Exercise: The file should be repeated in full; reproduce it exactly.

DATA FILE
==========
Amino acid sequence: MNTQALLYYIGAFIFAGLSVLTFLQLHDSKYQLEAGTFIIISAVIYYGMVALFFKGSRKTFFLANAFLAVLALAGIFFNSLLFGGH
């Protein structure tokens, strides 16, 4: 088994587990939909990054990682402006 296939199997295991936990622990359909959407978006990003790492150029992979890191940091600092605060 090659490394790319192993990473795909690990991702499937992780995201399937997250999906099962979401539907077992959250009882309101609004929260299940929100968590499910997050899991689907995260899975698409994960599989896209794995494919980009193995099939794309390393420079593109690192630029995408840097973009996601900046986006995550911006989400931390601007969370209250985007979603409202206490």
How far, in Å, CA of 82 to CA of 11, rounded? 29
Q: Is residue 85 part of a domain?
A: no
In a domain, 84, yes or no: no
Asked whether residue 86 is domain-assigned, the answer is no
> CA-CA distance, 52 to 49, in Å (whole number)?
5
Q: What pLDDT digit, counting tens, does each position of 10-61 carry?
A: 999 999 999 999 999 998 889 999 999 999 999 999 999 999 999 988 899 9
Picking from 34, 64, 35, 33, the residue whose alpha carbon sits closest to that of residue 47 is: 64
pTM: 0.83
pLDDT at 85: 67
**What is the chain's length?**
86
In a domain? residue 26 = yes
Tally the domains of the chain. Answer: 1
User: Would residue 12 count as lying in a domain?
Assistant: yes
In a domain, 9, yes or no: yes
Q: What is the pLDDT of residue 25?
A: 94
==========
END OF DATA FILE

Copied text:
Amino acid sequence: MNTQALLYYIGAFIFAGLSVLTFLQLHDSKYQLEAGTFIIISAVIYYGMVALFFKGSRKTFFLANAFLAVLALAGIFFNSLLFGGH
């Protein structure tokens, strides 16, 4: 088994587990939909990054990682402006 296939199997295991936990622990359909959407978006990003790492150029992979890191940091600092605060 090659490394790319192993990473795909690990991702499937992780995201399937997250999906099962979401539907077992959250009882309101609004929260299940929100968590499910997050899991689907995260899975698409994960599989896209794995494919980009193995099939794309390393420079593109690192630029995408840097973009996601900046986006995550911006989400931390601007969370209250985007979603409202206490």
How far, in Å, CA of 82 to CA of 11, rounded? 29
Q: Is residue 85 part of a domain?
A: no
In a domain, 84, yes or no: no
Asked whether residue 86 is domain-assigned, the answer is no
> CA-CA distance, 52 to 49, in Å (whole number)?
5
Q: What pLDDT digit, counting tens, does each position of 10-61 carry?
A: 999 999 999 999 999 998 889 999 999 999 999 999 999 999 999 988 899 9
Picking from 34, 64, 35, 33, the residue whose alpha carbon sits closest to that of residue 47 is: 64
pTM: 0.83
pLDDT at 85: 67
**What is the chain's length?**
86
In a domain? residue 26 = yes
Tally the domains of the chain. Answer: 1
User: Would residue 12 count as lying in a domain?
Assistant: yes
In a domain, 9, yes or no: yes
Q: What is the pLDDT of residue 25?
A: 94